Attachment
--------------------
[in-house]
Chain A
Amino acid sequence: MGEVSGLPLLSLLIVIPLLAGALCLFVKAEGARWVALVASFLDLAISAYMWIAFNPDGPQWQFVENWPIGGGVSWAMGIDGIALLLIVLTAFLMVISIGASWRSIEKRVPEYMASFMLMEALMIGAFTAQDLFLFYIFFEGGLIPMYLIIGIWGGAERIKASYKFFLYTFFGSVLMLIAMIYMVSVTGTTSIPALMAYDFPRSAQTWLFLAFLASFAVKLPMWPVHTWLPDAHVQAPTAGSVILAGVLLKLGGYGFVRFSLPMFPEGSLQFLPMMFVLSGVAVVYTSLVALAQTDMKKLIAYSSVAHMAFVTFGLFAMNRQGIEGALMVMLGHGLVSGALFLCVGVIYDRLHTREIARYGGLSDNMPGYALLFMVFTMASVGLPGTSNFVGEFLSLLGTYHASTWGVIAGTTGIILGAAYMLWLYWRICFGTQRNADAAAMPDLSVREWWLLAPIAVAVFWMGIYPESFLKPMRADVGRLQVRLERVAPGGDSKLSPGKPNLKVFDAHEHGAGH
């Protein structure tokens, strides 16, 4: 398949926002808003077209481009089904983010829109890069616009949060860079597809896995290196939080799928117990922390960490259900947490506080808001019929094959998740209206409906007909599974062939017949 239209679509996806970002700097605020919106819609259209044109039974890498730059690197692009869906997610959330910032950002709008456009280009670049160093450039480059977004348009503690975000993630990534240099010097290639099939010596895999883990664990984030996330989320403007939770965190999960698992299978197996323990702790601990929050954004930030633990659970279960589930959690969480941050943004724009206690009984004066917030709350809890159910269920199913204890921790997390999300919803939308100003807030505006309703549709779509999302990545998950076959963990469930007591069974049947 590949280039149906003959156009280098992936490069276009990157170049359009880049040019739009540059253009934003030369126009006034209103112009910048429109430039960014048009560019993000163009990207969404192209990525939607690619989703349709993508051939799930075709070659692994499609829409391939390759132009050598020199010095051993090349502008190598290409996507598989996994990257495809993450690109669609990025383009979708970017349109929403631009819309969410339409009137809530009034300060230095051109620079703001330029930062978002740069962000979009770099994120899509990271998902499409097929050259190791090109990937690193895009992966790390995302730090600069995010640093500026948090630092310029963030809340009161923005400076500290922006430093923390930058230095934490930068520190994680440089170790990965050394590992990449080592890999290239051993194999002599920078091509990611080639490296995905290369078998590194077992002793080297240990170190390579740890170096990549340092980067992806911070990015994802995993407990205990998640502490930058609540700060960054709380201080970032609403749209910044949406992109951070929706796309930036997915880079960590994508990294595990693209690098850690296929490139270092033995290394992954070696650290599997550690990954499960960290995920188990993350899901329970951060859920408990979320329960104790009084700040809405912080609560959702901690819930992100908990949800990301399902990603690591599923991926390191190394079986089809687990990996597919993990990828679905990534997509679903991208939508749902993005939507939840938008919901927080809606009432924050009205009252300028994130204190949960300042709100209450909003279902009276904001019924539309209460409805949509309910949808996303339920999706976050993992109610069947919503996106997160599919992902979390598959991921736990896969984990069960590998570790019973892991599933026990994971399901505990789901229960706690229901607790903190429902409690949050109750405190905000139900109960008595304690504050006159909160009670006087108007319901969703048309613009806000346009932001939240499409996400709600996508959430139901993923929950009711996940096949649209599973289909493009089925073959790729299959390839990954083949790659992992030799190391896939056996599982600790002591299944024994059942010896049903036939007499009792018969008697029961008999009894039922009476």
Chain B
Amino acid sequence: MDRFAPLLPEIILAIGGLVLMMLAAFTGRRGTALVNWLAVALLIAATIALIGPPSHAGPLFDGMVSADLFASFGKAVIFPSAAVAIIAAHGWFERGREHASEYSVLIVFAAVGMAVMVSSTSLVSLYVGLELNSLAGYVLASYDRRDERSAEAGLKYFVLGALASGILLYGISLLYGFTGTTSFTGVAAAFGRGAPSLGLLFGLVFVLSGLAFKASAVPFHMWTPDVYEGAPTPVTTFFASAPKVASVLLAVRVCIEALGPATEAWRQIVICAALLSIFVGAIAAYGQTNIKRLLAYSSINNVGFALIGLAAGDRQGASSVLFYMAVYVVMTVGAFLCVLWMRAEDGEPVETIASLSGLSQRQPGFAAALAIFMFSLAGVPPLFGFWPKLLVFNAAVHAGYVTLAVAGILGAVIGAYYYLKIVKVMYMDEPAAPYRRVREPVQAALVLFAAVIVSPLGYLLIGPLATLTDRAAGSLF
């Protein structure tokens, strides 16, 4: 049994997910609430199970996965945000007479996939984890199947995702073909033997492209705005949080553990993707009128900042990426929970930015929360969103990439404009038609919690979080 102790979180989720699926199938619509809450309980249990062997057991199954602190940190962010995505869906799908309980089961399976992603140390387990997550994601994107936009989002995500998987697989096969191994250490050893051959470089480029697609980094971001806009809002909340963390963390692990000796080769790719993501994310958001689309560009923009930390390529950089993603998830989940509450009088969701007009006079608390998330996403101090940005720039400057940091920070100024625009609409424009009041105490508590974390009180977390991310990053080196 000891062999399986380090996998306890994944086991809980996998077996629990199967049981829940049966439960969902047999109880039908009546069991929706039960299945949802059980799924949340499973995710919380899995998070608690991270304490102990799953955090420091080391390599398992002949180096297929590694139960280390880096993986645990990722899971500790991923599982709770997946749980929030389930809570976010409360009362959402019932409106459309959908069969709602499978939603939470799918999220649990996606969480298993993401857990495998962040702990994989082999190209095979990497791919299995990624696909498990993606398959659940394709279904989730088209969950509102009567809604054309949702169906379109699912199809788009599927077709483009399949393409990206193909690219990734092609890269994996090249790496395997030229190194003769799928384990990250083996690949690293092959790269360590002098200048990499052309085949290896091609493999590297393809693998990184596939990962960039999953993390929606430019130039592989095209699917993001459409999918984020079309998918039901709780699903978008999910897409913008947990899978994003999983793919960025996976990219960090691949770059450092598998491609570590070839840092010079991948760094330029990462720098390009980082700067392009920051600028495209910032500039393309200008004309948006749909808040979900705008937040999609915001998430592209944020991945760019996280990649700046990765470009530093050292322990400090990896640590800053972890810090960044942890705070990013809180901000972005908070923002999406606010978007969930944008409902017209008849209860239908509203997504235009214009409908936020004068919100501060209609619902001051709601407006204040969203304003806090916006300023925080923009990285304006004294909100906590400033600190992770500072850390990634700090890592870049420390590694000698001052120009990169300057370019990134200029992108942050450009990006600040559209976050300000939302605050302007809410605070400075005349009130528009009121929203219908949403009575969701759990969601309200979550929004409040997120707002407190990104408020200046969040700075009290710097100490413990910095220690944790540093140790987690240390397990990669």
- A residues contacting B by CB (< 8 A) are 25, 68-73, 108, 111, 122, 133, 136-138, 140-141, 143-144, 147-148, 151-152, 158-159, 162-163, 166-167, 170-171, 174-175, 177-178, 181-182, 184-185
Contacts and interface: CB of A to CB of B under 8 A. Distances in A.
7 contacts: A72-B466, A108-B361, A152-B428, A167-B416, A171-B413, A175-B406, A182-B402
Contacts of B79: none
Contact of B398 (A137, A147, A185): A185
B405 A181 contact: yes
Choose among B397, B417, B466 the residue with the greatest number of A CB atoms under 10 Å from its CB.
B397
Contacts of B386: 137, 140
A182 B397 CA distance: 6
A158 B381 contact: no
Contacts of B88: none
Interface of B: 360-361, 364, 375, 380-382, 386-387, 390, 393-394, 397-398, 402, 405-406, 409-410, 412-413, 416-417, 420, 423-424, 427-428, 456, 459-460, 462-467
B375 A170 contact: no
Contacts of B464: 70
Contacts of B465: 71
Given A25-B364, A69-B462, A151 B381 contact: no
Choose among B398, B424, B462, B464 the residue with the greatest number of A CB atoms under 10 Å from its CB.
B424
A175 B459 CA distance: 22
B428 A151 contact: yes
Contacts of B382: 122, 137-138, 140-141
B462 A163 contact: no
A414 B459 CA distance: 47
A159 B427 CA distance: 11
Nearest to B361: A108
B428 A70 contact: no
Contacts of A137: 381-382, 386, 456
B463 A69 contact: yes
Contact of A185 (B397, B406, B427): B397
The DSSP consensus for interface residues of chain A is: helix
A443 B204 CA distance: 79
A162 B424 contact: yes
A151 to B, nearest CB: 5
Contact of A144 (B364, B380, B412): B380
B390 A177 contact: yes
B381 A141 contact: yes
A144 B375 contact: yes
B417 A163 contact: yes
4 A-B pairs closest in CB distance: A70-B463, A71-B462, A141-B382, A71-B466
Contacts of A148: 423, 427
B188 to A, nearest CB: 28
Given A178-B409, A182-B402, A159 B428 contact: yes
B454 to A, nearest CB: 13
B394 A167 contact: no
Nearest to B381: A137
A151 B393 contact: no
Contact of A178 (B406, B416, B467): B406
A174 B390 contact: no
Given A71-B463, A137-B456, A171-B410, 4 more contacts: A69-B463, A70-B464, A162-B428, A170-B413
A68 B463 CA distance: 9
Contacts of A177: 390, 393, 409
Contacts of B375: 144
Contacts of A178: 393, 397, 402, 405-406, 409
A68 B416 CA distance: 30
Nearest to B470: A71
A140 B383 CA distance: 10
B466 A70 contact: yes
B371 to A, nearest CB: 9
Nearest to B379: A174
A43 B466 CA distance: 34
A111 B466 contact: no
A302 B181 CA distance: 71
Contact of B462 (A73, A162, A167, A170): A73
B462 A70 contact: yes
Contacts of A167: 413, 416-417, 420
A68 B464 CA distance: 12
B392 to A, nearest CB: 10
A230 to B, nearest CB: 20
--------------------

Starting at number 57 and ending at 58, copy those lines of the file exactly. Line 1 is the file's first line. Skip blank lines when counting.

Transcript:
Given A71-B463, A137-B456, A171-B410, 4 more contacts: A69-B463, A70-B464, A162-B428, A170-B413
A68 B463 CA distance: 9